Partial depression of the shutter release and the camera's AF system kicks in and the image is brought smartly into sharp focus. Focusing speed, accuracy and responsiveness seemed excellent and on a par with Pentax's APS-C format digital SLRs. Focusing is also achieved with little noise. The 11-zone system with nine cross-hair sensors seem very efficient.
A full press of the shutter release and the exposure is made. Despite the large reflex mirror flapping up and down, the noise and vibration levels are impressively low.
The cameras we played with did not have SD cards on board so factors like write speed, exposure accuracy and so on could not be assessed. However, Pentax claim 13 Raws at the continuous shooting speed of 1.1 frames-per-second until the buffer is full. If that sort of shooting speed is achieved in reality then that is fast enough for most, it not all, of the potential users of this camera.
Control layout is very clear. The key controls like white-balance, exposure compensation, metering modes and ISO are easily accessible. Being a medium-format camera probably helps and the buttons are generously sized and feel positive in use.
A quick word about the menu system. Anyone used to a Pentax K7 or K20D will immediately feel at home with the menu system. Its layout and navigation are basically identical. The large 3inch monitor is also very clear.
It is very, very early days and only 20 minutes with a camera is no time at all, but so far the 645D promises excellent handling.
Pentax 645D: Performance
We were not able to take away any pictures to assess because the sample I tried was not a full production sample. Naturally enough, the two sample pictures that I saw were very impressive.
These are the only twp prints I saw from the Pentax 645D.
||DxOMark provides objective, independent, RAW-based image quality performance data for lenses and digital cameras to help you select the best equipment to meet your photographic needs.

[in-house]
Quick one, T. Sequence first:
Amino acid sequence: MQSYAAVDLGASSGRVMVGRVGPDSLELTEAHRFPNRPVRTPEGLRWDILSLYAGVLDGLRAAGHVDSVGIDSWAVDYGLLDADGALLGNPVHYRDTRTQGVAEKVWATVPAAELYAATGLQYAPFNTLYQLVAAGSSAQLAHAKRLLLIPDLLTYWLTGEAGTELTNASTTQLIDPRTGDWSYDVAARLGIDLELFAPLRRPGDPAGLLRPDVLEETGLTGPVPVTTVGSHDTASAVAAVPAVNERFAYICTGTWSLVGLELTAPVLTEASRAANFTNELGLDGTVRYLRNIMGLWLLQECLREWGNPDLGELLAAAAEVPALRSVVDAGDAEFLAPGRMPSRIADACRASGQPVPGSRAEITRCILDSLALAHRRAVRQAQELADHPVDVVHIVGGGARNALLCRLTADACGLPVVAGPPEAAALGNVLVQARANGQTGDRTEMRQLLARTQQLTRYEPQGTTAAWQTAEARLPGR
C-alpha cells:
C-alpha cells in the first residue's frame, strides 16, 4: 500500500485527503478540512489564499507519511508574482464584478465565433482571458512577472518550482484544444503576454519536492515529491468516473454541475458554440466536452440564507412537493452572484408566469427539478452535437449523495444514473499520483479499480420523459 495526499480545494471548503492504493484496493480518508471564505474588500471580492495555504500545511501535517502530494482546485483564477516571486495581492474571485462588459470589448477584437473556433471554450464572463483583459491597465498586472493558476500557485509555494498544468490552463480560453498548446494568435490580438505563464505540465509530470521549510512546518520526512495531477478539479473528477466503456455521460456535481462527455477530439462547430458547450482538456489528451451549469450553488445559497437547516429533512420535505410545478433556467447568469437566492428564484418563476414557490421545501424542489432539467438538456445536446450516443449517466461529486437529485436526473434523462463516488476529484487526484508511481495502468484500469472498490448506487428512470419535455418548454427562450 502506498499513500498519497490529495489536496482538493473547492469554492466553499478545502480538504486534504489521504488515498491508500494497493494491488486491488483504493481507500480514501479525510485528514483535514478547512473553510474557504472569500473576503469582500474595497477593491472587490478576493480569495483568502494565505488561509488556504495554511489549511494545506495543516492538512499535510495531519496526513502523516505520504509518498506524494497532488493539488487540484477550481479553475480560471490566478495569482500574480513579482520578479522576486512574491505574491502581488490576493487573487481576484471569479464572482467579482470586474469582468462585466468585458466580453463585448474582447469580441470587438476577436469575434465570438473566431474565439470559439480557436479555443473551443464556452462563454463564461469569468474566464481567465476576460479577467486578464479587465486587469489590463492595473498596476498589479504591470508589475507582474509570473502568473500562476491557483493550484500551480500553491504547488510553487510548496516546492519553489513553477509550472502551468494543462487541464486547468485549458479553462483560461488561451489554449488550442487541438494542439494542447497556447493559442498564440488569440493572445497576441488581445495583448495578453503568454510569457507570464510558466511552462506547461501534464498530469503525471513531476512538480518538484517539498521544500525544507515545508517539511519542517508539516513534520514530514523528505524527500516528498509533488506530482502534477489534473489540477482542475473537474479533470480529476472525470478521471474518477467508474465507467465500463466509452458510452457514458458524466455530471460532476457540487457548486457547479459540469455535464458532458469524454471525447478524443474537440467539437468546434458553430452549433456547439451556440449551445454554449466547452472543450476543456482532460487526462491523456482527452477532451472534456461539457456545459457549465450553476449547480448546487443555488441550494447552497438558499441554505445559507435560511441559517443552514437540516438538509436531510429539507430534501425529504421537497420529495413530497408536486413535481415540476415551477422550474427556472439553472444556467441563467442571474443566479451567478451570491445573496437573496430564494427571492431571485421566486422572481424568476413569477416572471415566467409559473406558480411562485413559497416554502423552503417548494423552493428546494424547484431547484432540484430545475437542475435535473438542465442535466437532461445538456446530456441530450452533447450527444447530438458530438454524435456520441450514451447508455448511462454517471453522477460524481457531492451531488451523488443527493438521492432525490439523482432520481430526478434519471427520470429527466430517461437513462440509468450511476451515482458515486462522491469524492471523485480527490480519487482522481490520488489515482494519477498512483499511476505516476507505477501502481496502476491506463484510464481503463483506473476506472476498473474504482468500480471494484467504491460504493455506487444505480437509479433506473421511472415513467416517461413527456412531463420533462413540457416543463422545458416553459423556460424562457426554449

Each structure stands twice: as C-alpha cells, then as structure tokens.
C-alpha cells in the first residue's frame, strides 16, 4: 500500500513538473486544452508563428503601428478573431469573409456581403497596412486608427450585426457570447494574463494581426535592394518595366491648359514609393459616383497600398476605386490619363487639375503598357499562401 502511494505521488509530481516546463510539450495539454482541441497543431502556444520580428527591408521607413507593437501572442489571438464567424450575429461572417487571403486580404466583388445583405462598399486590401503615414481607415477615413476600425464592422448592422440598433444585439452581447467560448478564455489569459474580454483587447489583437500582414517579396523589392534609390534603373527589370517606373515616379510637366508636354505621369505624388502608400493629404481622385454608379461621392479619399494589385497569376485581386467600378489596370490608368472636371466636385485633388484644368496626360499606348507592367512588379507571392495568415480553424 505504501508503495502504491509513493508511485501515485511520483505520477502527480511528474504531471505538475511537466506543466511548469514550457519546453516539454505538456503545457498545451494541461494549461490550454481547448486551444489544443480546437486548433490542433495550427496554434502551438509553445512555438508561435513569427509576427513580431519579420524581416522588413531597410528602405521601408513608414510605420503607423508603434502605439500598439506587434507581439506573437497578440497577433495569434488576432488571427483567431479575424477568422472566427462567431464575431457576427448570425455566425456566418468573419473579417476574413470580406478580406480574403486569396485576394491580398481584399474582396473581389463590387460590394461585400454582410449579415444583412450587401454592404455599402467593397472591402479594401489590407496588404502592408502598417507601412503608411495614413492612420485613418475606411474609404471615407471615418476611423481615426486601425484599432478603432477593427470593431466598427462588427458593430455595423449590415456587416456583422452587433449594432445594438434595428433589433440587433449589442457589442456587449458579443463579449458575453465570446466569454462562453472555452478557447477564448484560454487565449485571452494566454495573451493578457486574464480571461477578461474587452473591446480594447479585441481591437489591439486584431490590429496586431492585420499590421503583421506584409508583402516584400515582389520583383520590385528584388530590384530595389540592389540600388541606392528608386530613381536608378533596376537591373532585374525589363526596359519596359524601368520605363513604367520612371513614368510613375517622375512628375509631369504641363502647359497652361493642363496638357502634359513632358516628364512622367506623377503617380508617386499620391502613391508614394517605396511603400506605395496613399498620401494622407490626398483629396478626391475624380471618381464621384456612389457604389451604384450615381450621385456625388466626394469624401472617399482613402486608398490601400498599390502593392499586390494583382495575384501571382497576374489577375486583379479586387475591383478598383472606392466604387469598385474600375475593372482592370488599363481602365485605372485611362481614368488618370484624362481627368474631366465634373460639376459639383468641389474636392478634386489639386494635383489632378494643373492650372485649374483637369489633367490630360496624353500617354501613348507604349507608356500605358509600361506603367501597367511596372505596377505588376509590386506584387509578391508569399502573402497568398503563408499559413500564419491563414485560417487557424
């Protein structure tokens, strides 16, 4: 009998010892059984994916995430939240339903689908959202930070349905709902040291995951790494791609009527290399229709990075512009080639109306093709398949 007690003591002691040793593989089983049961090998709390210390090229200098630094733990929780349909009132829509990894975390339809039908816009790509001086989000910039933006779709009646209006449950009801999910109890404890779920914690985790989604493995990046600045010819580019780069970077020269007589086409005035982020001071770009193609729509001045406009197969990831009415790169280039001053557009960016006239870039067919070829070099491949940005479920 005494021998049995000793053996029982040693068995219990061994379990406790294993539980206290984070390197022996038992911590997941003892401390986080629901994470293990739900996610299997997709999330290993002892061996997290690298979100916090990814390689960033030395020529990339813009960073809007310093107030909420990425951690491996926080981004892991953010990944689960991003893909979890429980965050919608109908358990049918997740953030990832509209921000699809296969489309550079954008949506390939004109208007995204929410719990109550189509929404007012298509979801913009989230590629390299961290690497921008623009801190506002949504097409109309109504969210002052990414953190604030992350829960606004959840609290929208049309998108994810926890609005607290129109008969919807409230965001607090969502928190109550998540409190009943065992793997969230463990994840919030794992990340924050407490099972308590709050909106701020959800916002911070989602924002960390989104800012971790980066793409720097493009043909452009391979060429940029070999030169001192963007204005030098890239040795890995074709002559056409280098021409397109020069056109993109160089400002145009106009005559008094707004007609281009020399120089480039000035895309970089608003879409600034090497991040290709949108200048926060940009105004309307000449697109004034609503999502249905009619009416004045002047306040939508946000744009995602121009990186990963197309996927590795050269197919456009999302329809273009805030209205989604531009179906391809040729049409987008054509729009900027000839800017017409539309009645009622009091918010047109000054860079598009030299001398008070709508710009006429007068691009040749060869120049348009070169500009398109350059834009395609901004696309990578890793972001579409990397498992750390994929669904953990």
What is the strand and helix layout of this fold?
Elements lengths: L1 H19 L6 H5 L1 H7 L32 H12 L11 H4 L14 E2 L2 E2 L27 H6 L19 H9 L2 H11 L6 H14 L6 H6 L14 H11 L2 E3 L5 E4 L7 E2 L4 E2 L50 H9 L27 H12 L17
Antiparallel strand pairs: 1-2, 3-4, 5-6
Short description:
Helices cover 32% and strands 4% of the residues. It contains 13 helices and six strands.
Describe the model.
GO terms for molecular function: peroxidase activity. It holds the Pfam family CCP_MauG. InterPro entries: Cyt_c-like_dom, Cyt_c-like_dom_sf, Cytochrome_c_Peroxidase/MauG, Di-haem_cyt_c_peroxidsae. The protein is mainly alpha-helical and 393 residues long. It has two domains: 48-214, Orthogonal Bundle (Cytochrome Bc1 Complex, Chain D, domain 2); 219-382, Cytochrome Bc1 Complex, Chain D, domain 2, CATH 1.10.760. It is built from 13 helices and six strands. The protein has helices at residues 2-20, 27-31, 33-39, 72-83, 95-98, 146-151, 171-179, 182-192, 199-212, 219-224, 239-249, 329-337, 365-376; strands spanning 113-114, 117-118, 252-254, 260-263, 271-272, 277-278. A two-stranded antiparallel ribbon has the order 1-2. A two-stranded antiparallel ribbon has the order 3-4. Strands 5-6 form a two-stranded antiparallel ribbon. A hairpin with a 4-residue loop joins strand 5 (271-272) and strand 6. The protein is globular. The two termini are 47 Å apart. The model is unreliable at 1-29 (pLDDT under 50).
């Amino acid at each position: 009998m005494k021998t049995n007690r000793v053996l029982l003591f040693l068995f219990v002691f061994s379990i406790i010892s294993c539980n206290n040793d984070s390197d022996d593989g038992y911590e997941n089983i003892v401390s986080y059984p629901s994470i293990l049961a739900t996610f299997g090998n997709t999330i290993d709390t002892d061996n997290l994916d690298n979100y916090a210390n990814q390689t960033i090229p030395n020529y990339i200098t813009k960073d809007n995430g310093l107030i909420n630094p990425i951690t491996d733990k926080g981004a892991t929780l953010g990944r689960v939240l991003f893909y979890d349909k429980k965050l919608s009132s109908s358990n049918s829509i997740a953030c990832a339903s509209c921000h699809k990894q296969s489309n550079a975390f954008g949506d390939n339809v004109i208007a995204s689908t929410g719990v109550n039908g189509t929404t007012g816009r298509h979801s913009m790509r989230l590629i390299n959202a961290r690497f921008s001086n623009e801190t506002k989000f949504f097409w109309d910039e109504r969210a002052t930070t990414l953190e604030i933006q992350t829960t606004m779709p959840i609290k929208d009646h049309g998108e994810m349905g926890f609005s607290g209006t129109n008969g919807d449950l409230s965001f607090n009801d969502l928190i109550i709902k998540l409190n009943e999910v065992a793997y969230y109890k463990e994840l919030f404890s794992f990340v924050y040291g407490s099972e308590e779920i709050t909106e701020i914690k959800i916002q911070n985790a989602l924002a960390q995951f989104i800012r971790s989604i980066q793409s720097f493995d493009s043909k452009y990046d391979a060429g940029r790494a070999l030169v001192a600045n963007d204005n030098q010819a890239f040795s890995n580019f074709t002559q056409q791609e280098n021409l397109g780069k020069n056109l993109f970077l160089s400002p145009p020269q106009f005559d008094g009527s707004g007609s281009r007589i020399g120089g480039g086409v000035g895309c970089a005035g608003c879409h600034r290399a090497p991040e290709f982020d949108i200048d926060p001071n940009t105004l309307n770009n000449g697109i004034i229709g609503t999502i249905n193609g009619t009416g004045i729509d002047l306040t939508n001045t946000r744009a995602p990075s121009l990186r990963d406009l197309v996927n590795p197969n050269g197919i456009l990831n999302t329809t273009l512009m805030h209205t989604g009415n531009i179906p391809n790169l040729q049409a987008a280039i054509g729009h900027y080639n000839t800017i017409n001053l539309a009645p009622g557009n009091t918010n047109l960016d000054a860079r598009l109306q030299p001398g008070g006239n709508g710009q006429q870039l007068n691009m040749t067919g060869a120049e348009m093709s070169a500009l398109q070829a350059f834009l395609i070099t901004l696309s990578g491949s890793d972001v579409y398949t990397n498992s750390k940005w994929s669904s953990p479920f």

Visit the DxOMark website for tests performed on the Pentax 645D.
Pentax 645D: Summary
There is not a huge choice if you fancy a medium-format digital SLR and you need a pretty healthy budget whichever model you go for. The Hasselblad H3DII-50 with a HCD 35-90mm f/4-5.6 lens kit costs around £18K and the Leica S2 comes in around £20K. In that context, the Pentax 645D is certainly price competitive - very, very competitive. In fact, it is competitve on many levels including handling, resolution and system support. Whether its late arrival will harm its chances of success only time will tell, but so far, so good.
|Pentax 645D: Pros - provisional
|Quiet, low vibration shutter action|
|Bright viewfinder image|
|Fits the hands well|
|Pentax 645D: Cons - provisional|
|Only one digital lens right now|
|SD/SDHC only - why not CompactFlash too.|
|FEATURES||To be rated|
|HANDLING||To be rated|
|PERFORMANCE||To be rated|
|VALUE||To be rated|
|OVERALL||To be rated|
Pentax 645D: Specifications
|What comes in the box||TBC|
|Lens||Pentax-D 55mm f/2.8 AL (IF) SDM AW|
|Lens mount||Pentax 645AF2 bayonet: 645AF and 645A lenses fit|
|Sensor size||44x33mm - made by Kodak|
|Max. Image size||7264x5440pixels|
|Viewfinder||98 per cent field of view, dioptre adjustment|
|Focusing system||11 point AF (nine cross-type), with select, centre or auto settings|
|Focus type||TTL phase detection|
|Focusing modes||AF single, AF continuous, manual|
|File types||JPEG (three quality levels), Raw (PEF or DNG)|
|ISO sensitivity||ISO 200-1000 (auto), 100-1600 (boost)|
|Metering system||TTL open aperture, 77 segments. Program AE, sensitivity priority, aperture-priority, shutter priority, shutter and aperture priority, metered manual|
|Metering modes||Multi-segment, centre-weighted average, spot|
|White-balance||Auto, daylight, shade, cloudy, fluorescent, tungsten, flash, three manual settings, colour temperature, CTE - Color Temperature Enhancement mode|
|Exposure compensation||+/- 5EV|
|Shutter speed range||30secs-1/4000sec on 1/2 or 1/3 EV steps, flash sync at 1/125sec, B (bulb)|
|Continuous shooting||High and low, 1.1 frames-per-second|
|Monitor||3 inch TFT LCD, 921,000 dots|
|Sensor cleaning||Supersonic vibration (DR II)|
|Interface||USB 2.0, HDMI Type C mini, video out NTSC/PAL|
|Power||Rechargeable lithium-ion D-LI90|
|Weight (with battery)||1400g|